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“And We Danced…”

 

by Merrick Parnell

Horizon Reporter

Ben Haggerty, aka, Macklemore,  a hip hop artist out of Seattle, has  recently emerged to  national notoriety. His impact songs have found a place with those across the U.S. and especially locally. He raps about living in Seattle, addictions and the late Mariners announcer Dave Niehaus. On March 4, Macklemore will bring his unique rhymes and catchy beats to Whatcom to play a show at the Syre Center Auditorium. The Horizon caught up with the artist to ask him some questions. 

How did you get your start in hip hop and how old were you?

I first started listing to hip hop when I was seven. From there on out, it was always my favorite music. I always wanted to perform. I started out by putting on little performances for family and then talent shows, and the rest was kind of history.

Who are you trying to reach with your music, and what is the message that you want it to send?

I am just trying to be honest. I want to use honesty to convey the truth, and whomever that resonates with, is beautiful.

What gave you the inspiration for the song “Otherside?”

A lot of it comes from own experience battling with the struggles of drugs and alcohol. I always struggled with dependence and lack of moderation. The first verse is what I have seen and it’s talking about friends that had issues. A lot of the second verse is talking about myself. It’s a mixture of experiences and frustration as well as narration.

 How would you describe your music?

It’s music that conveys what I perceive to be the truth. That humility and genuine sense of real life experience.

Where do you get your ideas for your songs?

Anything I come in contact with: could be a drive to the studio, watching a movie, or reading a book. It’s a connection with something greater than myself speaking through myself.

What do you do to produce a track and make it album ready?

I write a lot of material and pick out the good parts with my producer. Or a lot of time its getting right in the booth and tracking. After the vocals are tracked we spend a lot of time post-track making sure the song escalates and de-escalates.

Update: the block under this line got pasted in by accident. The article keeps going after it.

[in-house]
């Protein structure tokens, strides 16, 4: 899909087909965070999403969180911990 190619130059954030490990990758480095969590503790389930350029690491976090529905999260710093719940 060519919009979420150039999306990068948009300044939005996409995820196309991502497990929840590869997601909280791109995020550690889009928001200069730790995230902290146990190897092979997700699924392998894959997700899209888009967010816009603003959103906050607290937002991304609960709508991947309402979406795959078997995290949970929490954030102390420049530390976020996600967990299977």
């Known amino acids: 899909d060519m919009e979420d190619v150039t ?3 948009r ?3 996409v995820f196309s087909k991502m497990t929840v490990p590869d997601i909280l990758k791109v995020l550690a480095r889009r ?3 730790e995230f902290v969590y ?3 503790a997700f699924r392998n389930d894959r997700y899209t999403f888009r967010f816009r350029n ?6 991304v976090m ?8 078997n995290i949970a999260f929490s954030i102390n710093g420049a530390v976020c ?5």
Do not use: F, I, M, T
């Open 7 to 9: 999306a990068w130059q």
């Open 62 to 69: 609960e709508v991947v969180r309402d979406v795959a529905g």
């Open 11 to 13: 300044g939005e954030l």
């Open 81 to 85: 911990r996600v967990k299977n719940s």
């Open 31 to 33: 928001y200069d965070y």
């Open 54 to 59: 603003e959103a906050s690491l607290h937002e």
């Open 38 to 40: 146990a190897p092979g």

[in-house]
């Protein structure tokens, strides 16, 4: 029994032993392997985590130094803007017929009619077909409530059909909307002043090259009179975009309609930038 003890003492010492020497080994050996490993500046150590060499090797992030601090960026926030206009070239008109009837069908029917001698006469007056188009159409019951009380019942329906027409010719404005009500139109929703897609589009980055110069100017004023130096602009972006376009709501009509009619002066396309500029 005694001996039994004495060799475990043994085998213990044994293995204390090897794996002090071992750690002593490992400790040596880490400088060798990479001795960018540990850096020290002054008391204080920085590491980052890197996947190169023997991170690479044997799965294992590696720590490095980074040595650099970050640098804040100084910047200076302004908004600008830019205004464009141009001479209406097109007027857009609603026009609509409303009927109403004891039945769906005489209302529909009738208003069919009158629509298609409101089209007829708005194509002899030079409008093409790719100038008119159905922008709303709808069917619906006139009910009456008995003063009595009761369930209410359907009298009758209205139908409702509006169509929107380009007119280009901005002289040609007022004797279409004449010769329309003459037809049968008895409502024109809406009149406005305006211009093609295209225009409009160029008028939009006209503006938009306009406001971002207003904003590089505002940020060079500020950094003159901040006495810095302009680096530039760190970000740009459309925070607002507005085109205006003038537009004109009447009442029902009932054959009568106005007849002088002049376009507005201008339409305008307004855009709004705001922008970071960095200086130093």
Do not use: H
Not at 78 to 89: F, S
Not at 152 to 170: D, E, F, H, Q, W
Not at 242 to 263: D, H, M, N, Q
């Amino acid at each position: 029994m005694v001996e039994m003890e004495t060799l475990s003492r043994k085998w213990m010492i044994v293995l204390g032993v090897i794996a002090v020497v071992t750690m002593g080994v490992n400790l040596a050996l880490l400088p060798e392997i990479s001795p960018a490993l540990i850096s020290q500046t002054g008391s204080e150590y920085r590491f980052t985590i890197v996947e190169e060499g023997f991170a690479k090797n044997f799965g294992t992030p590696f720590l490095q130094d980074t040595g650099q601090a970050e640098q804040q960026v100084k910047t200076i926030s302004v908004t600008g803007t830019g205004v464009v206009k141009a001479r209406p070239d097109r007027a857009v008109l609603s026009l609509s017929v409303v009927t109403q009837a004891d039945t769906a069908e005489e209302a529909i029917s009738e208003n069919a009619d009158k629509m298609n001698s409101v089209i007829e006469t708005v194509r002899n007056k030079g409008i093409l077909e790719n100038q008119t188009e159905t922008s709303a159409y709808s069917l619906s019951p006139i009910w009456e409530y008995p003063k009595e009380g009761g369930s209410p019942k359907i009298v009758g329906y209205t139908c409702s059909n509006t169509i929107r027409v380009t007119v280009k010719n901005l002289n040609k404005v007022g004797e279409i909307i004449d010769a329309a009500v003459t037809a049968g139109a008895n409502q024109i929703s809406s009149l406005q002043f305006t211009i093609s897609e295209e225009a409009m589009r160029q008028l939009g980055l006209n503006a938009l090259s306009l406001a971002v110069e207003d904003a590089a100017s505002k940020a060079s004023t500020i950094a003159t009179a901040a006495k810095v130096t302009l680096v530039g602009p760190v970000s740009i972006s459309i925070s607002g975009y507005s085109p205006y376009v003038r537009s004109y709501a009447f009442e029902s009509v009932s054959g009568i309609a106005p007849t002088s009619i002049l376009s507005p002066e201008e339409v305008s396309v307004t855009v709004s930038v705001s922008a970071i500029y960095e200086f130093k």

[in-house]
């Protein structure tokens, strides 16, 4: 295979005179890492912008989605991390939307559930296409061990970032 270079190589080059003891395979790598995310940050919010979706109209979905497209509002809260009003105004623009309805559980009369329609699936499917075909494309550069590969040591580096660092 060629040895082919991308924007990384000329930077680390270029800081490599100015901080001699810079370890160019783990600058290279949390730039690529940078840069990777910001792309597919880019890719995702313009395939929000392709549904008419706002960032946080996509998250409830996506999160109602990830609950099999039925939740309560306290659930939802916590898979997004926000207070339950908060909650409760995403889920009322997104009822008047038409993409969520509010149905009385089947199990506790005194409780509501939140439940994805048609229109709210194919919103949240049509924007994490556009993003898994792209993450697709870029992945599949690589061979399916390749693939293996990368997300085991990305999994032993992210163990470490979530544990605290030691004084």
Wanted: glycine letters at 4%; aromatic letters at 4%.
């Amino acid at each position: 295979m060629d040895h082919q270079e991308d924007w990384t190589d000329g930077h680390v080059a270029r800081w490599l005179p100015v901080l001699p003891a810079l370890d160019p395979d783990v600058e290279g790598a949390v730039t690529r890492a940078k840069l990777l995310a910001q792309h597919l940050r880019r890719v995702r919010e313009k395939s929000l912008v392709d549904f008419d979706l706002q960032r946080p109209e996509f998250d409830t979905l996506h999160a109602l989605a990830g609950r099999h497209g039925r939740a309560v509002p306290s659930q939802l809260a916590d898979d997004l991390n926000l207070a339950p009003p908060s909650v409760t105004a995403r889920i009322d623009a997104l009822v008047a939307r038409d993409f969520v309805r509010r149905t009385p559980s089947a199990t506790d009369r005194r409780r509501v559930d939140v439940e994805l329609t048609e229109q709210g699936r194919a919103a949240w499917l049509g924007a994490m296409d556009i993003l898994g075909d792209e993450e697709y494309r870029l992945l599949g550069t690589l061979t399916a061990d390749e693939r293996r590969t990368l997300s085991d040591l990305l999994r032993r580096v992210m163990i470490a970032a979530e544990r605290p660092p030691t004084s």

What are your thoughts about playing in Bellingham?

Bellingham has a unique energy. They’re familiar with the music and more amped, They’re not afraid to let out and to be themselves and completely wild out to the music, and I think that’s really cool.  Bellingham and Seattle are among my favorite places to play.

Who has influenced you the most as an artist?

Names that come to mind, Lil’ Wayne and Kanye West. Those two have had the biggest impact on my career.

What are your goals for your music?

I want to further my understanding for this world. A lot of my music is contingent on me developing myself. And to continue to appreciate the moment and appreciate every experience.

What’s the story behind the Song “My, oh My” honoring the late Mariner announcer Dave Niehaus,

 Like a lot of people in the Northwest when I heard Dave passed I was shocked and sad. I looked back on my life and thought about how much an impact Niehaus had on me growing up in the Pacific Northwest. Being a kid watching baseball with my dad, it started out as a therapeutic thing. I pitched the idea to Ryan[Lewis, Macklemore’s producer] and he was into it and he had a piano part that fit well.

What kind of reception have you had from the Mariners and Major League Baseball?

We have been in talks with the Mariners. They really like the song, the Mariners have been  really supportive, The Hall of Fame in Cooperstown has contacted me and wanting to use it at the Hall of Fame and the Niehaus  family gave their blessing.

If you weren’t a hip hop artist what would you be doing?

I see myself as a creative person, and I would be involved in the music, in marketing or the graphic arts or maybe the publicity side of it, having been a musician for the last 14 years. I have a grasp and understanding and it will always be a passion for me.


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